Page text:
Everyone with diabetes aged 6 months and older should get a seasonal flu shot. Close household contacts and out-of-home caregivers of people with diabetes should also get the vaccines. People can receive both flu shots at the same time.1
Unusually rapid weight gain in infancy has been associated with a one-and-a-half-fold increase in the risk of developing type 1 diabetes in childhood.2 Being overweight also increases the need for insulin. Therefore, people with type 1 diabetes should achieve and maintain appropriate body weight.
People with type 1 diabetes who engage in regular exercise require less insulin.3 However, in the short term, exercise can induce low blood sugar or even occasionally increased blood sugar.4 Moreover, a preliminary study has shown that long-term physical activity was not associated with control of blood glucose in people with type 1 diabetes.5 Therefore, people with type 1 diabetes should never begin an intensive exercise program without consulting a healthcare professional.
The American Diabetes Association (ADA) recommends that people with diabetes limit their daily alcohol consumption to one drink for women and two drinks for men.6 Similar to research on healthy people, preliminary studies in adults with diabetes find reduced risk of heart disease with light to moderate drinking.7 Drinking alcohol with type 1 diabetes can result in hypoglycemia or hyperglycemia, depending on the circumstances, but moderate amounts of alcohol ingested with food does not affect blood glucose levels.8 People with diabetes who drink two or more drinks per day were reported to have a high risk for eye damage in one preliminary study,9 but another, larger study found no association between alcohol use and eye damage.10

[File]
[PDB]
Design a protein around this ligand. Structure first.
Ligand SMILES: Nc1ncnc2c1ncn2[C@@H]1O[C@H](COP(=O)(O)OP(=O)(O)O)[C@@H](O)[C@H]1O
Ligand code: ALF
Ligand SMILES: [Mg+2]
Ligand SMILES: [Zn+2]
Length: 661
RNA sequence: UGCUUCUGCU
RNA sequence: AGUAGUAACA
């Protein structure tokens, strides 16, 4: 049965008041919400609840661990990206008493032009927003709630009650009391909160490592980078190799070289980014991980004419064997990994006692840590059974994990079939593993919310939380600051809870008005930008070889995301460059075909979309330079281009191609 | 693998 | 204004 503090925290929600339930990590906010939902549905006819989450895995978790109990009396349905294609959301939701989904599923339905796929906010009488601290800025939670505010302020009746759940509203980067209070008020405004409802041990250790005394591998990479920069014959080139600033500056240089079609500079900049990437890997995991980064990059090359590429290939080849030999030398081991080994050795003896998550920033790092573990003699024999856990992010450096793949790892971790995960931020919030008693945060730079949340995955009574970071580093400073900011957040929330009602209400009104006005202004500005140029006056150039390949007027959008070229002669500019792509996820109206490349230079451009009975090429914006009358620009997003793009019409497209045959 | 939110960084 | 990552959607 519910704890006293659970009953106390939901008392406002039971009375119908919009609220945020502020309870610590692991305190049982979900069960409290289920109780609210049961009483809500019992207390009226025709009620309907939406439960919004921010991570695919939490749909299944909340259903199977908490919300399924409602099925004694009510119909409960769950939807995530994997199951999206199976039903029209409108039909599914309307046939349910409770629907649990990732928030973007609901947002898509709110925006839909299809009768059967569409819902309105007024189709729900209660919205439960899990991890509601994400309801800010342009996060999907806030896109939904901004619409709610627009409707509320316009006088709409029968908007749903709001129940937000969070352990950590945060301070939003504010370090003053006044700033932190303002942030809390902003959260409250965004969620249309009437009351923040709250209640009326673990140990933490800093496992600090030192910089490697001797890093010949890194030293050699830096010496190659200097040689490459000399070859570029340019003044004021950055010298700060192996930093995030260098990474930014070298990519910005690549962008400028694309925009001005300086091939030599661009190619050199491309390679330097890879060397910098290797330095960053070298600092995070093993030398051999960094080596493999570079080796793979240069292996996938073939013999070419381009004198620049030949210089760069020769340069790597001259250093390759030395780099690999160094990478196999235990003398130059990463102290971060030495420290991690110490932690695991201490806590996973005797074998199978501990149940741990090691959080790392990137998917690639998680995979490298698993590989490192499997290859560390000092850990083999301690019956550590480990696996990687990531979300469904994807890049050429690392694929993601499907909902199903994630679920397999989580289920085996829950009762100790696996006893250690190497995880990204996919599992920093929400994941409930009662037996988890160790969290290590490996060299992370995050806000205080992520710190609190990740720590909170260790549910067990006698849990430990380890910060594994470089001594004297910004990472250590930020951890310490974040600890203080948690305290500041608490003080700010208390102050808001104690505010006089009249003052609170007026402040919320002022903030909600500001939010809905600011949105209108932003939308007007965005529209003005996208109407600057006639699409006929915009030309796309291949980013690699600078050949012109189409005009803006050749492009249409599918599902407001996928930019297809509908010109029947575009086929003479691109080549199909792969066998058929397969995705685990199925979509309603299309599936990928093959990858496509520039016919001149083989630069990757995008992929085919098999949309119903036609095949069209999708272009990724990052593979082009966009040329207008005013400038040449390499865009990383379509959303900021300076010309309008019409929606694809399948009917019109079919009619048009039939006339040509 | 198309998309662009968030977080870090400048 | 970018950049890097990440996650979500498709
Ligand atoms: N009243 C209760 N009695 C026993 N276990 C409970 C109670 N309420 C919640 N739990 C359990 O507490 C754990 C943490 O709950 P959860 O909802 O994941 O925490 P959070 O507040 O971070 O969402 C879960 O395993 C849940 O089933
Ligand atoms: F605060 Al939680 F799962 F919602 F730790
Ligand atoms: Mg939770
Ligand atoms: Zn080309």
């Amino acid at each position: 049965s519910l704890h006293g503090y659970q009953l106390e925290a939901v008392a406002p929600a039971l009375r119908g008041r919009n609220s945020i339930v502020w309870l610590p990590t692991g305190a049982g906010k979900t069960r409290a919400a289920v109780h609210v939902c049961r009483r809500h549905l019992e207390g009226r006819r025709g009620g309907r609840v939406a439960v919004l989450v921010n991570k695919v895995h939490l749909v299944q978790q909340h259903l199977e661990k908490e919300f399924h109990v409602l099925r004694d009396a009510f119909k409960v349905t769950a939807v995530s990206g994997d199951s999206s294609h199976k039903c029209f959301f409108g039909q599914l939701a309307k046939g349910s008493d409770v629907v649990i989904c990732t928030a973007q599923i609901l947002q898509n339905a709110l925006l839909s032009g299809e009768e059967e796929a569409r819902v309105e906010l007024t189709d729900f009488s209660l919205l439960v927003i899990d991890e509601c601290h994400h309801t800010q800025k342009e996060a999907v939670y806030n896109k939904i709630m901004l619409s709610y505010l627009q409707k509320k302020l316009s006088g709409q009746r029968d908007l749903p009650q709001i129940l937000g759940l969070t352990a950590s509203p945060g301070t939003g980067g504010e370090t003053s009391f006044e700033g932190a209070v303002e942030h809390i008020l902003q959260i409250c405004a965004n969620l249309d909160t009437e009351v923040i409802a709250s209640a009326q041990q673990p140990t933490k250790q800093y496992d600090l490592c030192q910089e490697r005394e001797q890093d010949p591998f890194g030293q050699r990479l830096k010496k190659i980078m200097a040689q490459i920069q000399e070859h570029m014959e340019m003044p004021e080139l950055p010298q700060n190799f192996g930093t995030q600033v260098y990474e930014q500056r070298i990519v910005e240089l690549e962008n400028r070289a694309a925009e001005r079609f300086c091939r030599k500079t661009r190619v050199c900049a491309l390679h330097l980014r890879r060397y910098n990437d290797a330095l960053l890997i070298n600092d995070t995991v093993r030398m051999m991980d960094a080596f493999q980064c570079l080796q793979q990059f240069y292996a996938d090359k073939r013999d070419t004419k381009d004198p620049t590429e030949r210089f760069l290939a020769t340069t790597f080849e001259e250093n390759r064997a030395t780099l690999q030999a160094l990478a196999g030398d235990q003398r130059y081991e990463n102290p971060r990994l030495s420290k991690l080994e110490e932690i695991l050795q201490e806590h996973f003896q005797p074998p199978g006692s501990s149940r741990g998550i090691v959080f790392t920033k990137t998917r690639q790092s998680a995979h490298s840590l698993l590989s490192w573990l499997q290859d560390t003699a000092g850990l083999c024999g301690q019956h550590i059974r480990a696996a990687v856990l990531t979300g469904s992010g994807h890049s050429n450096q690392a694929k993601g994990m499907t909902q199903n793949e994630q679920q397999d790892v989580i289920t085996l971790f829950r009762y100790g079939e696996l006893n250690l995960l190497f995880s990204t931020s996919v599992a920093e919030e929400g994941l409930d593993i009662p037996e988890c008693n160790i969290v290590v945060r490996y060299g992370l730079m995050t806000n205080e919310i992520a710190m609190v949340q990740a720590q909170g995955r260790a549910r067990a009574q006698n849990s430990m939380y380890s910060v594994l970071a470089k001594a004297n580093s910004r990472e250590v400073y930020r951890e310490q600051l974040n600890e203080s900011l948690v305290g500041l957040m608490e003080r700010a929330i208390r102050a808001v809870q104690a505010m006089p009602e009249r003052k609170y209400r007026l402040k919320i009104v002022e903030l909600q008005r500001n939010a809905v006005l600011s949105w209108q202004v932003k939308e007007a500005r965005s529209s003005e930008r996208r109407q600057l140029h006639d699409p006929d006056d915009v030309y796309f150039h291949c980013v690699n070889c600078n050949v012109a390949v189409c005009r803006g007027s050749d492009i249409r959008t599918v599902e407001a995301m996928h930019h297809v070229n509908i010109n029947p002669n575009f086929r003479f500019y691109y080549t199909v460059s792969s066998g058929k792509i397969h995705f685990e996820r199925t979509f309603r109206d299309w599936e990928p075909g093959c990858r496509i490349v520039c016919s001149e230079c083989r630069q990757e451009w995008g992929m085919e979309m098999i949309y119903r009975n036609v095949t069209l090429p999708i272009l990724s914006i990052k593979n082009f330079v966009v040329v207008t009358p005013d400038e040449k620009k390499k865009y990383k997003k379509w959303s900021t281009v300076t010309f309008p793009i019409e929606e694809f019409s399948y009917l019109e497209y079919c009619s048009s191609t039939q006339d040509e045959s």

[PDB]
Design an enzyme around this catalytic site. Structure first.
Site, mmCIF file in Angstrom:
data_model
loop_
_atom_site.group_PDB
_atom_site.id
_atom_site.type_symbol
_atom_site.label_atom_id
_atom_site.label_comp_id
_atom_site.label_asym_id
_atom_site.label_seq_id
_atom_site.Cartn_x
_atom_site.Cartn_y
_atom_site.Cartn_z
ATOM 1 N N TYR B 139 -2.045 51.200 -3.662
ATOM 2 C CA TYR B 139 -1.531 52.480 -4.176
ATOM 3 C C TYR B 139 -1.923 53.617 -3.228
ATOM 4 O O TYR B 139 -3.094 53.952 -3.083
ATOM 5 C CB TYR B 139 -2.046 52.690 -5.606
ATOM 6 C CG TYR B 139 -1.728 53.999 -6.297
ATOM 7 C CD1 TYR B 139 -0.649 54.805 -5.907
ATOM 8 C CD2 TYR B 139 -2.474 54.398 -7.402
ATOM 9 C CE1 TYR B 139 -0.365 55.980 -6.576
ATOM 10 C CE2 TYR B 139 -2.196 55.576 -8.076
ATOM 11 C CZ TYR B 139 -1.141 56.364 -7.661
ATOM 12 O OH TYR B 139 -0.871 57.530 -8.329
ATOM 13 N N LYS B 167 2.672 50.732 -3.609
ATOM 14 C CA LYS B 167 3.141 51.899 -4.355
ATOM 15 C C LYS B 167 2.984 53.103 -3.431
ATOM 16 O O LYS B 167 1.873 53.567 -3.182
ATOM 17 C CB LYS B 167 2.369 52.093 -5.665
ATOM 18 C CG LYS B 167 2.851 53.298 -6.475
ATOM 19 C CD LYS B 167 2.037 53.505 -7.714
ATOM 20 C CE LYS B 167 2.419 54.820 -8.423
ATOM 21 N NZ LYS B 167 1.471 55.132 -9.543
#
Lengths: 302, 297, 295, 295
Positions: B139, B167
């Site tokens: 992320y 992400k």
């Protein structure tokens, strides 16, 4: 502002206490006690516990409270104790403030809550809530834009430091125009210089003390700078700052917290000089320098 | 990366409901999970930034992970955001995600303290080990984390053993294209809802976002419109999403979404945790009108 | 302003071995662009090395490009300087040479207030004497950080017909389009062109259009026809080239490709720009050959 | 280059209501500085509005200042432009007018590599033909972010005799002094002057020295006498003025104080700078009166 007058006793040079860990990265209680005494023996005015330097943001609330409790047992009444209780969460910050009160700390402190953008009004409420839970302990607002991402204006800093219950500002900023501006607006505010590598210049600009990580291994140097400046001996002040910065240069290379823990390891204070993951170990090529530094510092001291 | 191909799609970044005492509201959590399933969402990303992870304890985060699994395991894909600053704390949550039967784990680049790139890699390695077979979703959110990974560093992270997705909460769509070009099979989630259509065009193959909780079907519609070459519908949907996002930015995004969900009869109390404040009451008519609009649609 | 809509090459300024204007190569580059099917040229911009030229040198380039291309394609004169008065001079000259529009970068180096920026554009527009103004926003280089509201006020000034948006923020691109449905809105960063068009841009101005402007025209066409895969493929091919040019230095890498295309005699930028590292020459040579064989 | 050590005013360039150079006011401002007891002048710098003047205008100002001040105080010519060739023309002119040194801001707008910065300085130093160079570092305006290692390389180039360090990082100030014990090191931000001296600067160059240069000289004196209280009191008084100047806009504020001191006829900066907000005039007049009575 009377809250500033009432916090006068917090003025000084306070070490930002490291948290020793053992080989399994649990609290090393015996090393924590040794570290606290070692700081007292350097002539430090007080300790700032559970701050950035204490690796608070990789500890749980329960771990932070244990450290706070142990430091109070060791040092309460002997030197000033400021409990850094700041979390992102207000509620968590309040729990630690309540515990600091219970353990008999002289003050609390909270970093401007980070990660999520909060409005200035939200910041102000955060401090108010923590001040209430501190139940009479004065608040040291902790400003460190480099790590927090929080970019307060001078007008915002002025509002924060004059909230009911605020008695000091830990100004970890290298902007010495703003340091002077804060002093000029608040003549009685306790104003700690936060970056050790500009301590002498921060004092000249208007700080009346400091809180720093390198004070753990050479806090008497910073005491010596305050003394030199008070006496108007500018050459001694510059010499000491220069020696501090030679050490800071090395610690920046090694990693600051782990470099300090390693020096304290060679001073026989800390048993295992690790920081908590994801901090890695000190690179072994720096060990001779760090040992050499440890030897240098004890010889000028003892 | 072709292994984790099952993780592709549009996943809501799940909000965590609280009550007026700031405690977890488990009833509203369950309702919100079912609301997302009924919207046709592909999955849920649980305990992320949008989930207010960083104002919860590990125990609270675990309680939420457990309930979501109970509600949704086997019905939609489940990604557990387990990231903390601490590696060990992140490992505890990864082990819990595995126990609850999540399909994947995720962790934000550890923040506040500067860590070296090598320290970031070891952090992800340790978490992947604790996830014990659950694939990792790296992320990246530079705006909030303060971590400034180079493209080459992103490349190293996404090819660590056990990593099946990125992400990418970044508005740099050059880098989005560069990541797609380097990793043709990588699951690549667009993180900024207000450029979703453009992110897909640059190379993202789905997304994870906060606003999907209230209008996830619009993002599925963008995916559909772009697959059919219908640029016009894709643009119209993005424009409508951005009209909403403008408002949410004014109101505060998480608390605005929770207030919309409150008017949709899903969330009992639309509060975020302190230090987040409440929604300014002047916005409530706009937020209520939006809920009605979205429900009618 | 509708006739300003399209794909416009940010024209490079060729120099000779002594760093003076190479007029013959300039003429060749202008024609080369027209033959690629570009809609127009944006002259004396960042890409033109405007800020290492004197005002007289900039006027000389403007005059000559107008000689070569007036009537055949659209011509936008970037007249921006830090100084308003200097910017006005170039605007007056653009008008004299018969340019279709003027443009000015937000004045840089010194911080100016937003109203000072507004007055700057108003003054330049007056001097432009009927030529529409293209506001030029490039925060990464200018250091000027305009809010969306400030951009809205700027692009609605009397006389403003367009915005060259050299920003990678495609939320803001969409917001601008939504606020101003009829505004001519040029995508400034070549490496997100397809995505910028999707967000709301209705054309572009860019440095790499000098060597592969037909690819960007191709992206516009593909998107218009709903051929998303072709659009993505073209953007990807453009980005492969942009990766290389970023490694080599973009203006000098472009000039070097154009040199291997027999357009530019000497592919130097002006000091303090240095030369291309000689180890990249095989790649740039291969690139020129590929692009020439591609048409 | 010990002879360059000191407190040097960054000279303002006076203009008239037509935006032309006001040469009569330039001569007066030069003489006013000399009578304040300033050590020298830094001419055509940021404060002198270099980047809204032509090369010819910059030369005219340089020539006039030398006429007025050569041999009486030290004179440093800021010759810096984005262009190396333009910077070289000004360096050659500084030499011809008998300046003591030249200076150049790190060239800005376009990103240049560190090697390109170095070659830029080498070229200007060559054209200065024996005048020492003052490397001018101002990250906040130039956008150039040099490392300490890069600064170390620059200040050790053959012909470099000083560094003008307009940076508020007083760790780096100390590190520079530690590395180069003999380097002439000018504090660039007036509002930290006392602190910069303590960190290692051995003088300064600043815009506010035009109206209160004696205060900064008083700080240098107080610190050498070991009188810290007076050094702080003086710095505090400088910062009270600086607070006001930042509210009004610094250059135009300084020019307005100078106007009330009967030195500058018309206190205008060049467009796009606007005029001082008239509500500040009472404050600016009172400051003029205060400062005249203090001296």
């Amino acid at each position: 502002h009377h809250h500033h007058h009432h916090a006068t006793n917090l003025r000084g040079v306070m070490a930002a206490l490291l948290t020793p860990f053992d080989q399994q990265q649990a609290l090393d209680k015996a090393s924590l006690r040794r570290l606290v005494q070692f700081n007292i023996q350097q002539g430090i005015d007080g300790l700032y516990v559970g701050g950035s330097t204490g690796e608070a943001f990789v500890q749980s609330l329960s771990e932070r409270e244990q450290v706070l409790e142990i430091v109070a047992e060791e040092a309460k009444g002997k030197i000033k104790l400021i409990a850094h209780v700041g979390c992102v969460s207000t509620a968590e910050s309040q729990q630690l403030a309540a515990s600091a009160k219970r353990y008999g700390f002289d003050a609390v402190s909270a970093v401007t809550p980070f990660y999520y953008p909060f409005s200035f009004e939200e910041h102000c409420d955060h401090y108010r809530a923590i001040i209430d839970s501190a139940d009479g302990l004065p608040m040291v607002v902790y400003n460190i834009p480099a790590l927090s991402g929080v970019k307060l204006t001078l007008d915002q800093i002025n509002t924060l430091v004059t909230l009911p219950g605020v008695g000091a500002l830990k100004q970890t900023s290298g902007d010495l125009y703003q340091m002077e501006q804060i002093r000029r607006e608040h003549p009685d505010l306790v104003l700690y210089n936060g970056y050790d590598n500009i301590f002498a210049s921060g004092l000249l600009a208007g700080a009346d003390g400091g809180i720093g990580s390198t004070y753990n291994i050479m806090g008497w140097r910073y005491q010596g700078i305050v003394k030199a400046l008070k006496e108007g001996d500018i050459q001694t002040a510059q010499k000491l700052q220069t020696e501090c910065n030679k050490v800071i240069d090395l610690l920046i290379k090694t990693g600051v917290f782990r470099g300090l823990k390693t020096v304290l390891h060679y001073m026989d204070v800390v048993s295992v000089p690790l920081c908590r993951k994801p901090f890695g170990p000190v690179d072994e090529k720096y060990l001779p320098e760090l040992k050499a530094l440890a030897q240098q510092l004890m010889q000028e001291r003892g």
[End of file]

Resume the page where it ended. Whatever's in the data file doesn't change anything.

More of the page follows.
People with diabetes who smoke are at higher risk for kidney damage,11heart disease,12 and other diabetes-linked problems. Smokers are also more likely to develop diabetes,13 so it's important for diabetic smokers to quit.
Most healthcare providers agree on the necessity of self-monitoring of blood glucose (SMBG) by people with type 1 diabetes. Advocates of SMBG, such as the ADA, have observed that SMBG by people with diabetes has revolutionized management of the disease, enabling them to achieve and maintain specific goals.14 These observations are well-supported in the medical literature.15 Detractors point out that indiscriminate use of self-monitoring is of questionable value and adds enormously to healthcare costs.16 The ADA acknowledges that accuracy of SMBG is instrument- and technique-dependent. Errors in technique and inadequate use of control procedures have been shown to lead to inaccurate test results.17 Nevertheless, it is likely that self-monitoring of blood glucose, if used properly, can have a positive effect by increasing patient involvement in overall diabetes care.18 Pharmacists and healthcare practitioners can teach people with diabetes certain skills that will enhance their ability to properly self-manage blood glucose.